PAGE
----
X Hooked-Luke Abbott
 
I've been playing music in one way or another as long as I can remember. My parents were not only very encouraging of my musical explorations, but also tried to make music a family tradition by having my brother Kyle and I attend our weekly (more or less) "family music time." Our grandmother would also come over (she lives two doors down the street) and play piano with us. The repertoire was *ahem* diverse: mostly old folk songs, blues songs, and gospel songs, with the odd Elvis or Chuck Berry number for good measure.

The rule back then was that we had to be in the room when it was music time; didn't have to play or sing, but we had to be there. I've been told I was more interested in playing with my toys for the first few months, but eventually I wanted to get in on the action and started to participate more.

Now, neither of my parents were very musically talented—my dad had been trying to play for decades and could barely sing in tune or keep the rhythm straight—but the important thing was that the desire was there to have music be a part of family life, so lack of talent was never an issue. I was also never taught or given lessons or instruction materials, but somehow I seemed to do just fine without them.

We had one Flatt and Scruggs LP which I really liked, with John Henry, Petticoat Junction, Salty Dog Blues, and Jackson, among others. I remember I used to have a "game" where I put on the record and ran around the living room with the music, jumping on and off the couch. I liked the banjo on it as well as the Dobro, although it took me awhile to realize what was making that "like a banjo, but not" sound.

A milestone that paved the way for the "hooking" was in 1997 when my dad and I went to a music store and found a $200 open-back banjo. I hadn't the faintest idea how to play it, but I figured out a few chords one string at a time and played the melody to East Colorado Blues (aka Spike Driver's Blues). By the end of the day we had both the banjo and a mandolin for Kyle to learn. Another seed planted.

A few months later we went to our first bluegrass festival, the SCBS' Good Old Fashioned Bluegrass Festival in Hollister, CA. This was a big turning point for us. Until then, we hadn't been connected to any sort of community. Seeing how bluegrass brought people together in this way sold us. Plus, I was enthralled with the music itself coming from the stage. I also played with Frank Solivan's Kids on Stage program; I think I played John Henry, as well as Petticoat Junction in my own hybrid two/three-finger style and scratching the head of the banjo with my picks to make the "chugging" sound of the train.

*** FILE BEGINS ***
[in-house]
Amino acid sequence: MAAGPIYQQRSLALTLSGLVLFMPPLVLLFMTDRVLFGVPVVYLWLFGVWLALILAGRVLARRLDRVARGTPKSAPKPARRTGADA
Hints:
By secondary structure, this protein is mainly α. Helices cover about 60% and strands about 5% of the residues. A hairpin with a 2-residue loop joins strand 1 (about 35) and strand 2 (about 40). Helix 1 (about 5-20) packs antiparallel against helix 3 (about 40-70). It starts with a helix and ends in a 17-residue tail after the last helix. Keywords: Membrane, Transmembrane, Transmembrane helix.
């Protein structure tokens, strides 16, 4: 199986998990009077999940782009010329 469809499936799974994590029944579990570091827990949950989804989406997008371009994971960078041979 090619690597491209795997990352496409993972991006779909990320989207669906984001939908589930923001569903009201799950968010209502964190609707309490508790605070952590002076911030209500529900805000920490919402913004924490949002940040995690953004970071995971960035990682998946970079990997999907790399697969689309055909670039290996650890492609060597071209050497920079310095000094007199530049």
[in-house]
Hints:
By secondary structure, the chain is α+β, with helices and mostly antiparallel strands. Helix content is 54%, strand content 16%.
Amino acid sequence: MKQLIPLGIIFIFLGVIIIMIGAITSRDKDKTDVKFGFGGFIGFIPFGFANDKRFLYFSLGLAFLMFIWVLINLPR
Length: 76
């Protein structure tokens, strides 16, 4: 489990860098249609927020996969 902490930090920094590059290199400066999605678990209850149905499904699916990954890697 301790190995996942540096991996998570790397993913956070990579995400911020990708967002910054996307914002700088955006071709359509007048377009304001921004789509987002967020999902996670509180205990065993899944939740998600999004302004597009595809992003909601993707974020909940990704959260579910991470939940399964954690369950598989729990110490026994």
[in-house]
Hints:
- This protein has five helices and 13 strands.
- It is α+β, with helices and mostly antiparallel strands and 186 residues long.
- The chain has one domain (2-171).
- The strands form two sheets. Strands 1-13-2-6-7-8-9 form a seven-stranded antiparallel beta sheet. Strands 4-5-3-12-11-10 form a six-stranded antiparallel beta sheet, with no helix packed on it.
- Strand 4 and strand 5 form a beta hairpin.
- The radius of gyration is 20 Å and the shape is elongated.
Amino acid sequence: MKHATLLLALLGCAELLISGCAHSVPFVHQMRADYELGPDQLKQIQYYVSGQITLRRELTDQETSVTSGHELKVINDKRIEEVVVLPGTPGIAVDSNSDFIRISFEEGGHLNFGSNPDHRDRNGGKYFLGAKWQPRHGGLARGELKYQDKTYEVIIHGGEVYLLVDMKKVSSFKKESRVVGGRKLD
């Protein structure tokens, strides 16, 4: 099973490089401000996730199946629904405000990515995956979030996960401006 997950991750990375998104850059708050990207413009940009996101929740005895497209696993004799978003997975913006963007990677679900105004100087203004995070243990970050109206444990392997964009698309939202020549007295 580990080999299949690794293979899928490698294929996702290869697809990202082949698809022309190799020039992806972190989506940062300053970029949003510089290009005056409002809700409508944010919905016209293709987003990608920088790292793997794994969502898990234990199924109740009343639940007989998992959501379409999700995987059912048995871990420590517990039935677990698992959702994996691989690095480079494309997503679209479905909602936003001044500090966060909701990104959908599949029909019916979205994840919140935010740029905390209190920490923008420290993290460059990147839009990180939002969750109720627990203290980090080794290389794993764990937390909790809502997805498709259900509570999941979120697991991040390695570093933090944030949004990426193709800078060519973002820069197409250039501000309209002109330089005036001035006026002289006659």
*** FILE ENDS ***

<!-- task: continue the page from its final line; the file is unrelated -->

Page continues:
Life took a new direction that day. For the next ten years, up to the present day, music has played a leading role in life. Between playing at home, busking on the street, going to festivals, and starting the Abbott Family Band, there's been plenty of playing to be had. And starting around 1999, we started working on ways of sharing this joy with other folks (especially other families) and restoring a tradition of music-making that is largely lost in modern times. What began as a small staple-bound songbook with a brief "instrument reference section" in the back gradually blossomed into a complete music method, which we eventually dubbed the ToneWay Music Method™. I've been teaching classes in Santa Cruz for the past couple years, showing folks how to use the Method. It's amazing to watch these people, most of which having never played an instrument, become intuitive music makers in such a short amount of time. And it's all based on how I learned to play as a young child, intuitively and without formal training...by ear—the same way my father, after decades of trying, was finally able to let loose and enjoy music. (And he can sing good and keep rhythm now, too!)

This old-time "mountain music" (as Carter Stanley called it) is part of what made all this possible. It's simple enough that folks of below-average talent can actively participate, yet deep and rich enough to hold the interest of accomplished musicians...and be so great to listen to. I can't imagine what my life would be like if this music wasn't a part of it.
 
Posted By:  Rick Cornish



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